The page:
Thursday, October 9, 2014

The Question of Originality

Jane Hirshfield, a poet and a long follower of Buddhism writes in her book "Nine Gates: Entering the Mind of Poetry" that poetic originality appears not only as new content or diction but also in the development of new techniques and forms.  Mozart said in one of his letters: "Solitude, whether endured or embraced, is a necessary gateway to original thought."  Who among us has an original thought some may ask, but it seems obvious that whenever you take in an idea it changes slightly with the process of assimilation.

Moon poems, love poems, nature poems have been written for centuries and yet for a piece of writing to endure it must have a unique spin or the voice of originality. I like to read poems of both original thought and  in original forms. It is not easy for a writer to do this--life is full of easy cliche. 

This time of year is full of changing dramas.  The moon, (Blood Moon of last night),  the changing colors in the autumn landscape--all old themes, but here are several new spins on these topics.

 Sotoba Komachi
  one of the early Japanese woman  poets

The color of the flowers fade
as the long rains fall,
as lost in thought,
I grow older
            (translated by Kenneth Rexroth)

Another Komachi poem:

This abandoned house
in a mountain village.
How many nights
has the autumn moon spent here?

A poem by Robert Frost

The Leaf-treader

I have been treading on leaves all day until I am autumn-
God knows all the color and form of leaves I have trodden
   on and mired.
Perhaps I have put forth too much strength and been too
  fierce from fear.
I have safely trodden underfoot the leaves of another year.

All summer long they were overhead, more lifted up than I.
To come to their final place in earth they had to pass me by.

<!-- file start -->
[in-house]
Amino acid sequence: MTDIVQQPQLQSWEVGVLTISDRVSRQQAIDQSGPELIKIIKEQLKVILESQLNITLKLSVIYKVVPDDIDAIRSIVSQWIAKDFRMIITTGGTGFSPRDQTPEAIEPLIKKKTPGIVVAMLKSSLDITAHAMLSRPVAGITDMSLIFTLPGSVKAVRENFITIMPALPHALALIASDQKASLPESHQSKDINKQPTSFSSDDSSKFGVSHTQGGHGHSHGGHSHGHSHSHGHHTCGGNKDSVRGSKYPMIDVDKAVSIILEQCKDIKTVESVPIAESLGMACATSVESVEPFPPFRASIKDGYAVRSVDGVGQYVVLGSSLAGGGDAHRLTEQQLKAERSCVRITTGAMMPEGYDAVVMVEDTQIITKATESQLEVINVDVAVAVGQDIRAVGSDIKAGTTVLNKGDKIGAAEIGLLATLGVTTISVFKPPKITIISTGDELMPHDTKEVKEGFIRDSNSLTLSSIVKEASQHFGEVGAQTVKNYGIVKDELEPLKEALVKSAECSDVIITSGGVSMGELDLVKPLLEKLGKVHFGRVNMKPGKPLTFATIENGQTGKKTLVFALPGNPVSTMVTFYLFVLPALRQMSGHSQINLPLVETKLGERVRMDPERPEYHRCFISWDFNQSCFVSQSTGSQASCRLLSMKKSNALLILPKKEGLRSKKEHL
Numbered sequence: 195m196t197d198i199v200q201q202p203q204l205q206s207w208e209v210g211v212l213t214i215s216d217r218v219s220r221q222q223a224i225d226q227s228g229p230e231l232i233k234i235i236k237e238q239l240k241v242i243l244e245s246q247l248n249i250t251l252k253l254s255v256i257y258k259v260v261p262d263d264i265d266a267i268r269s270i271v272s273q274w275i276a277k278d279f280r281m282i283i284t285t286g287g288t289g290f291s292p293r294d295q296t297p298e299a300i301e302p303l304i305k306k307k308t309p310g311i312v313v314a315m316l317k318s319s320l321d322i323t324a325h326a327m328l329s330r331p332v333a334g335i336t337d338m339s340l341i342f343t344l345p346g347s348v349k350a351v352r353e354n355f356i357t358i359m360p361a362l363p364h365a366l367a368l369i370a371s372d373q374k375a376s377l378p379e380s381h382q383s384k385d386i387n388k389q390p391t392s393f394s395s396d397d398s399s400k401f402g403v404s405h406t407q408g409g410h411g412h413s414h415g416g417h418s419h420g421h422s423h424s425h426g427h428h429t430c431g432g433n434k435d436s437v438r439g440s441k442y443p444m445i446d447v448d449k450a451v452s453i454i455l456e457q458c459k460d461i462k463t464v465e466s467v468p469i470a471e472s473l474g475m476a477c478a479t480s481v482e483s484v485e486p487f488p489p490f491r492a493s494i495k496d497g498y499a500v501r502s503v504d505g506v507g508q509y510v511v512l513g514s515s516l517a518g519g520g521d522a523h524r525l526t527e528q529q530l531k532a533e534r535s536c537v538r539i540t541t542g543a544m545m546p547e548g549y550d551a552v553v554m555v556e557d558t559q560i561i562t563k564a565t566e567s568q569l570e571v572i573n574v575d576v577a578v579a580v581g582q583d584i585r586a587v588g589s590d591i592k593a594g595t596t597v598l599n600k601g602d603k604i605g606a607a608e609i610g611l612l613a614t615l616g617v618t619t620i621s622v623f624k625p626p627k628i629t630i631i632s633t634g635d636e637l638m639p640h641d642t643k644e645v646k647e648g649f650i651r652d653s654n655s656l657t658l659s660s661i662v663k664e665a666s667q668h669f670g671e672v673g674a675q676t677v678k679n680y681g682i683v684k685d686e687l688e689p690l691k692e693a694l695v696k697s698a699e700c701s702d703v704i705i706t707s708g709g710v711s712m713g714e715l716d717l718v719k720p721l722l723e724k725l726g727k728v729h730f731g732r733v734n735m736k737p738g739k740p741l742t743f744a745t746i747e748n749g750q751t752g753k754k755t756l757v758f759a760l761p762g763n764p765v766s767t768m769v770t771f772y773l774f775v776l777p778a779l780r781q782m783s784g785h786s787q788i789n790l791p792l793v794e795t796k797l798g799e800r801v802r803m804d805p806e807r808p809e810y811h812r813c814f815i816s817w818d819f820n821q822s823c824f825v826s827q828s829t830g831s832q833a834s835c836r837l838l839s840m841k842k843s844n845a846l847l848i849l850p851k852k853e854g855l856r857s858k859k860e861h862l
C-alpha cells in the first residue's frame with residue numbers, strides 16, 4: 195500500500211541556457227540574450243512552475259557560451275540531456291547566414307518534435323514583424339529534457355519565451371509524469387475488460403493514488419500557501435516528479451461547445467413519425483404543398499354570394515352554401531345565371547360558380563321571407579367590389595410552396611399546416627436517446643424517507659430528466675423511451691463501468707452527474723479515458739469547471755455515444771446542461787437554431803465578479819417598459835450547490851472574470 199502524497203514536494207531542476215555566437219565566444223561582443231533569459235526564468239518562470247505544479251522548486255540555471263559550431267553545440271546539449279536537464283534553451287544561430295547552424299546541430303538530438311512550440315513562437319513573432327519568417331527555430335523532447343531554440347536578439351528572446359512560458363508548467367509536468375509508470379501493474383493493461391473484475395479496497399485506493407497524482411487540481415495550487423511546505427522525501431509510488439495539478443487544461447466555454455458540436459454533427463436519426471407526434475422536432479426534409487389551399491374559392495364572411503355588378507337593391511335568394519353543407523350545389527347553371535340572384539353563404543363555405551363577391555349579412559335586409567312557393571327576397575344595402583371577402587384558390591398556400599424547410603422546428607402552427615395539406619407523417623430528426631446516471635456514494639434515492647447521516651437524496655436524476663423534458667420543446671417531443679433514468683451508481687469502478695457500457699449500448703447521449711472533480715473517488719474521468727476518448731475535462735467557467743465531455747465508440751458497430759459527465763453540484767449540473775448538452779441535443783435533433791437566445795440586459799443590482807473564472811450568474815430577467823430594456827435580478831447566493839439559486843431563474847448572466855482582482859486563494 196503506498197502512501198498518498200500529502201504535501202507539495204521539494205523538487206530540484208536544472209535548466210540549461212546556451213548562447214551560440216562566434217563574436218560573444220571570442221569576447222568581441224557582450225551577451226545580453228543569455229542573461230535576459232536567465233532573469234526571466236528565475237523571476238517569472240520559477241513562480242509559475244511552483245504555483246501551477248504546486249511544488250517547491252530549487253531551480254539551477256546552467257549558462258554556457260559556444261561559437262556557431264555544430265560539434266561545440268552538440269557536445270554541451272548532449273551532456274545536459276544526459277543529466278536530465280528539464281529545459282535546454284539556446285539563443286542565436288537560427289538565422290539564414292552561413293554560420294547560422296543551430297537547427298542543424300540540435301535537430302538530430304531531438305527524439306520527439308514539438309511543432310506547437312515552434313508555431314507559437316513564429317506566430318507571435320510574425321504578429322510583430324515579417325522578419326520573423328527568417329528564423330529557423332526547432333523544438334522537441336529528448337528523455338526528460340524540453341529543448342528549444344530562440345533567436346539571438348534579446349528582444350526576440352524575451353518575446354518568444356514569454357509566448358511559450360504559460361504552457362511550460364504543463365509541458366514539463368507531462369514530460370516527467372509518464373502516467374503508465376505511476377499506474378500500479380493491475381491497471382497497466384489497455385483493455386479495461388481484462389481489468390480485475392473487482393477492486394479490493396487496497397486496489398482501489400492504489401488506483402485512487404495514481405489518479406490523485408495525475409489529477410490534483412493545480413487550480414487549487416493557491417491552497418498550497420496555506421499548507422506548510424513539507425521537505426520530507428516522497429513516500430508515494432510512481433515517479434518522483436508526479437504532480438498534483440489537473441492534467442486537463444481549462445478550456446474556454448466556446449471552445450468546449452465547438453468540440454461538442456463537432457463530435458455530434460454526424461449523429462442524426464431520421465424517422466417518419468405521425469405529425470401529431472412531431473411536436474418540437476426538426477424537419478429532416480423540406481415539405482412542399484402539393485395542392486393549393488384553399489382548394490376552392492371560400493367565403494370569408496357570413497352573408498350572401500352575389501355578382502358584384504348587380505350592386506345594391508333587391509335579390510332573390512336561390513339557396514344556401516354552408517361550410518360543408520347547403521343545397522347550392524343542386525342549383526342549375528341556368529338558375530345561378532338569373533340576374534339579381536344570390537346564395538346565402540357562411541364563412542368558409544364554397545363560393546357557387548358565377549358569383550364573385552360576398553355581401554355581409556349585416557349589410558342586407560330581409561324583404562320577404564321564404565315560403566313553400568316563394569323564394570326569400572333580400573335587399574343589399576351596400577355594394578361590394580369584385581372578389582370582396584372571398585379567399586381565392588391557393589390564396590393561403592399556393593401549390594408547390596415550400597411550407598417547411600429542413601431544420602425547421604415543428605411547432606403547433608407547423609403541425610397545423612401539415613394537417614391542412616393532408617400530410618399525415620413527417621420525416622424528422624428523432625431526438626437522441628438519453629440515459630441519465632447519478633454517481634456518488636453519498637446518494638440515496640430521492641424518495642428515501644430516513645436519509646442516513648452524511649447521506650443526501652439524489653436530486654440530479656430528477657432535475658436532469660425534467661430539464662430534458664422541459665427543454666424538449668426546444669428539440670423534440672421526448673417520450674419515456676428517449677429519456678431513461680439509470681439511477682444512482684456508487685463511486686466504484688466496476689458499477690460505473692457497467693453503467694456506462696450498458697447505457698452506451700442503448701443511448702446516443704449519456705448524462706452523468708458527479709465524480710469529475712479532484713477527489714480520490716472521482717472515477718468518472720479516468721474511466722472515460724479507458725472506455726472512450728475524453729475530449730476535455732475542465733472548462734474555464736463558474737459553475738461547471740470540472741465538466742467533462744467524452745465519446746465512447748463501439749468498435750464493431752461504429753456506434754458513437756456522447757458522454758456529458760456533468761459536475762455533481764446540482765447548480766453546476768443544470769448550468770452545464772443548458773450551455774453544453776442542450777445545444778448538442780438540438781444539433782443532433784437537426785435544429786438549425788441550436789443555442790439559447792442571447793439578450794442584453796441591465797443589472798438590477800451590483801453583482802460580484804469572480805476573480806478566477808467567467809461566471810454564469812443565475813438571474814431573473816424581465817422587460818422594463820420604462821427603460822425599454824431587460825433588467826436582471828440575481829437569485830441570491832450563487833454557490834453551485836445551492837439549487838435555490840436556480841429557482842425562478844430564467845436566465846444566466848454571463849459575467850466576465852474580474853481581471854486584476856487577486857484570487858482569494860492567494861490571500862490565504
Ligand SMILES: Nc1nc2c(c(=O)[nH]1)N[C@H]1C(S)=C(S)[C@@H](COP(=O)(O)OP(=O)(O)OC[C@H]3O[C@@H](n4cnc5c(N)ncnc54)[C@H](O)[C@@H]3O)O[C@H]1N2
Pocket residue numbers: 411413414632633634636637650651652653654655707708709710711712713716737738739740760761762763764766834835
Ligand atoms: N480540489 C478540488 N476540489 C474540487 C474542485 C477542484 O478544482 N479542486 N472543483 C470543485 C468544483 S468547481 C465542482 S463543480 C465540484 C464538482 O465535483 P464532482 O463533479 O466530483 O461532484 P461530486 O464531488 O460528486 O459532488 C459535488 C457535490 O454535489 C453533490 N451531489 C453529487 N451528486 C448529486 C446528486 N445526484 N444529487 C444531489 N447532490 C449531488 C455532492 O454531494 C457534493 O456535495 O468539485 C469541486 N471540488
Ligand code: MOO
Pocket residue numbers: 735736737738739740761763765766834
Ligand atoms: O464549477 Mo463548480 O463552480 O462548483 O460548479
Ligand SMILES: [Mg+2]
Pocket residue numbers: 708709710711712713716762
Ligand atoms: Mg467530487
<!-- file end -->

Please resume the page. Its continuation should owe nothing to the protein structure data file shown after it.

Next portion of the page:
All summer long I thought I heard them threatening under
   their breath.

And when they came it seemed with a will to carry me with
   them to death.
They spoke to the fugitive in my heart as if it were leaf to
They tapped at my eyelids and touched my lips with an in-
   vitation to grief.
But it was no reason I had to go because they had to go.
Now up, my knee, to keep on top on another year of snow.

Ancient Japanese poet, Fujiwara no Shunzei said " a good poem will  possess a kind of atmosphere that is distinct from its words and their configuration and yet accompanies them.   The atmosphere hovers over a the cry of the deer heard against the autumn moon."
            (trans. by Robert Bower and Earl Minor)

Japanese poet, Basho wrote many surprising poems about the moon.

whore and monk, we sleep
under one roof together,  
moon in a field of clover 

Last fall while reading a book about Basho and his long journey across a mountain to capture the spirit of the moon in various locations, I looked out the window at the incredible large harvest moon and wrote this poem.  I had been thinking about rules and why they often don't make sense.  Many teachers of poetry tell their students to avoid certain words like moon, heart, love--words fraught with cliche, but often that word is the best word for the poem. This poem was published in quartsiluni.

Oh Basho

Today in the classroom there is
more moon bashing.

Forsake the airy for the real, a smart young teacher says

and the students scratch out all words that end with ache.
Fuck it, one says, I’ll write what I write. Birds clap

at the window — nothing’s more true
than the unforeseen wind.

Tonight in their nests the crows will swoon.

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